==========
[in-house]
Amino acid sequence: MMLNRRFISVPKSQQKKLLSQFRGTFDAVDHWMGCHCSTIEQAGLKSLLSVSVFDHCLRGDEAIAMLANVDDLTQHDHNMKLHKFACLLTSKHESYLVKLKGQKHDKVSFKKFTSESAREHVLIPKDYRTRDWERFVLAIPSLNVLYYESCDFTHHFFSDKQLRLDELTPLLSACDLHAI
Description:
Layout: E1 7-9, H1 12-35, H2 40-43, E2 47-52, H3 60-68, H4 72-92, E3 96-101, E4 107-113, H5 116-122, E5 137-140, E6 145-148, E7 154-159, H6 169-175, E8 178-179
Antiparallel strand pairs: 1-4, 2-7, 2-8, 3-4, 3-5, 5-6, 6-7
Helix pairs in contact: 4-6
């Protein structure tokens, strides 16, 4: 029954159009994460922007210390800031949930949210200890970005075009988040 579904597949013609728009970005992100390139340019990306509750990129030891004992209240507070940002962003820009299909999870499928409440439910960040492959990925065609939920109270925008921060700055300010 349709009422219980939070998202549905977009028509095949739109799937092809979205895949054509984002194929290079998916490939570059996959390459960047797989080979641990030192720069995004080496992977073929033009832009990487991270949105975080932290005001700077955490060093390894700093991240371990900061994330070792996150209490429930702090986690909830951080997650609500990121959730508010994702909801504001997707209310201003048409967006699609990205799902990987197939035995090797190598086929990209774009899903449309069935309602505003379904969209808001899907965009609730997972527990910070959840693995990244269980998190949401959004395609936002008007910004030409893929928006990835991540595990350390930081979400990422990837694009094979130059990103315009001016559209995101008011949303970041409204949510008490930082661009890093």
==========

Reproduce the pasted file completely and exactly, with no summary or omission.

[in-house]
Amino acid sequence: MMLNRRFISVPKSQQKKLLSQFRGTFDAVDHWMGCHCSTIEQAGLKSLLSVSVFDHCLRGDEAIAMLANVDDLTQHDHNMKLHKFACLLTSKHESYLVKLKGQKHDKVSFKKFTSESAREHVLIPKDYRTRDWERFVLAIPSLNVLYYESCDFTHHFFSDKQLRLDELTPLLSACDLHAI
Description:
Layout: E1 7-9, H1 12-35, H2 40-43, E2 47-52, H3 60-68, H4 72-92, E3 96-101, E4 107-113, H5 116-122, E5 137-140, E6 145-148, E7 154-159, H6 169-175, E8 178-179
Antiparallel strand pairs: 1-4, 2-7, 2-8, 3-4, 3-5, 5-6, 6-7
Helix pairs in contact: 4-6
């Protein structure tokens, strides 16, 4: 029954159009994460922007210390800031949930949210200890970005075009988040 579904597949013609728009970005992100390139340019990306509750990129030891004992209240507070940002962003820009299909999870499928409440439910960040492959990925065609939920109270925008921060700055300010 349709009422219980939070998202549905977009028509095949739109799937092809979205895949054509984002194929290079998916490939570059996959390459960047797989080979641990030192720069995004080496992977073929033009832009990487991270949105975080932290005001700077955490060093390894700093991240371990900061994330070792996150209490429930702090986690909830951080997650609500990121959730508010994702909801504001997707209310201003048409967006699609990205799902990987197939035995090797190598086929990209774009899903449309069935309602505003379904969209808001899907965009609730997972527990910070959840693995990244269980998190949401959004395609936002008007910004030409893929928006990835991540595990350390930081979400990422990837694009094979130059990103315009001016559209995101008011949303970041409204949510008490930082661009890093």